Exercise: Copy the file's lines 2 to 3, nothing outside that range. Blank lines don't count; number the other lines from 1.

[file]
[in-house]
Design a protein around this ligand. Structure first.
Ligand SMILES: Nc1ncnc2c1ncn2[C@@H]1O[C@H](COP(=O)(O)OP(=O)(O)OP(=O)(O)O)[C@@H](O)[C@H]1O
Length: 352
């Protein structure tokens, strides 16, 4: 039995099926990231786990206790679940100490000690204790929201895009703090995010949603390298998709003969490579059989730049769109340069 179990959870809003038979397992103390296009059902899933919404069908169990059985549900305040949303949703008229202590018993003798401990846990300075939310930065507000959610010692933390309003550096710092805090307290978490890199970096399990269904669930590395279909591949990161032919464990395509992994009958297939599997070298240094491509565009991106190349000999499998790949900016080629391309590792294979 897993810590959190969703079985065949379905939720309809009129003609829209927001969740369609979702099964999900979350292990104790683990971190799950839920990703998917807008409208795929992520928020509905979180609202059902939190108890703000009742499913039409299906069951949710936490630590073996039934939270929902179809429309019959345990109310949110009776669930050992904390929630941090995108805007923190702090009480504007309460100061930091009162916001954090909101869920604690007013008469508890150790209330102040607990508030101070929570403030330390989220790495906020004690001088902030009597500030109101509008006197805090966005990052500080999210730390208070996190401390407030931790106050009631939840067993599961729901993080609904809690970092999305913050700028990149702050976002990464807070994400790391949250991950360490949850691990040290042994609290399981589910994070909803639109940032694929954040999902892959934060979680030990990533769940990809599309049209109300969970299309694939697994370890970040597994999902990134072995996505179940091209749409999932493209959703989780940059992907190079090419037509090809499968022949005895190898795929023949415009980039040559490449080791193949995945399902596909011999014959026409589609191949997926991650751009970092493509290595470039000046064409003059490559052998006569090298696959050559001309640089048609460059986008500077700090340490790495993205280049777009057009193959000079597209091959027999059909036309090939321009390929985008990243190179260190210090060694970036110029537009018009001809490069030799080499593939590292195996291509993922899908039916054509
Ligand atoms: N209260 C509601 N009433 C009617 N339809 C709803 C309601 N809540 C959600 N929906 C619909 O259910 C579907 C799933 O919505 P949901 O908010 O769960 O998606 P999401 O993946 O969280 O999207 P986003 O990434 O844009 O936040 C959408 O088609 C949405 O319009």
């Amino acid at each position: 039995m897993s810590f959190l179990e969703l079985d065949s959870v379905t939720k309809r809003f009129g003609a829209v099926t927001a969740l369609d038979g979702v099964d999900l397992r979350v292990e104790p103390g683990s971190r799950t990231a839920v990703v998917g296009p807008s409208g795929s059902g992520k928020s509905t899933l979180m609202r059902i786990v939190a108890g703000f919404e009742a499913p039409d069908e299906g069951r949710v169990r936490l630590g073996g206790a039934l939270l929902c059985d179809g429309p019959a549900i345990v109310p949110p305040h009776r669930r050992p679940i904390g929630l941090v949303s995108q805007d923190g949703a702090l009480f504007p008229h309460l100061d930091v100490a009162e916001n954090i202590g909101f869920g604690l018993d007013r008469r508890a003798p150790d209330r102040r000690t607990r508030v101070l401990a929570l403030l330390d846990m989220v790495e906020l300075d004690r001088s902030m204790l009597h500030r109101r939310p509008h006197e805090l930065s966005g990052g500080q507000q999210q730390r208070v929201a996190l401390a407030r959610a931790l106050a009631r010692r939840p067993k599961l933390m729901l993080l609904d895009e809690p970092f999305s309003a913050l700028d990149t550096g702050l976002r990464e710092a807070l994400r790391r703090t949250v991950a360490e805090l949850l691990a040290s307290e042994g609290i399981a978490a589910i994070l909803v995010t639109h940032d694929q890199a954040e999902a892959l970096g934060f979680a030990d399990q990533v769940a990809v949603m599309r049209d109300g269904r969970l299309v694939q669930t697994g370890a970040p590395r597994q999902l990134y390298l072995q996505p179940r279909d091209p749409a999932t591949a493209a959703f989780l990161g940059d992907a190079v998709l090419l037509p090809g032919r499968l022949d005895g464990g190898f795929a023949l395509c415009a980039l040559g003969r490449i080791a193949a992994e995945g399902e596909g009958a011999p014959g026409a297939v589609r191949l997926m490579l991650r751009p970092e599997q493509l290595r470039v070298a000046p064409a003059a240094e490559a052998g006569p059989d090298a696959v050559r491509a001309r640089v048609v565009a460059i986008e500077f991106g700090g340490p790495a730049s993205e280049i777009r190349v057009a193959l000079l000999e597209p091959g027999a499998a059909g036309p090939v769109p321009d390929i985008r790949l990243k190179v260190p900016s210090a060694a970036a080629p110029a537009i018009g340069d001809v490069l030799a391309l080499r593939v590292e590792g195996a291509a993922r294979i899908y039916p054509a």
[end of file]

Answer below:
Design a protein around this ligand. Structure first.
Ligand SMILES: Nc1ncnc2c1ncn2[C@@H]1O[C@H](COP(=O)(O)OP(=O)(O)OP(=O)(O)O)[C@@H](O)[C@H]1O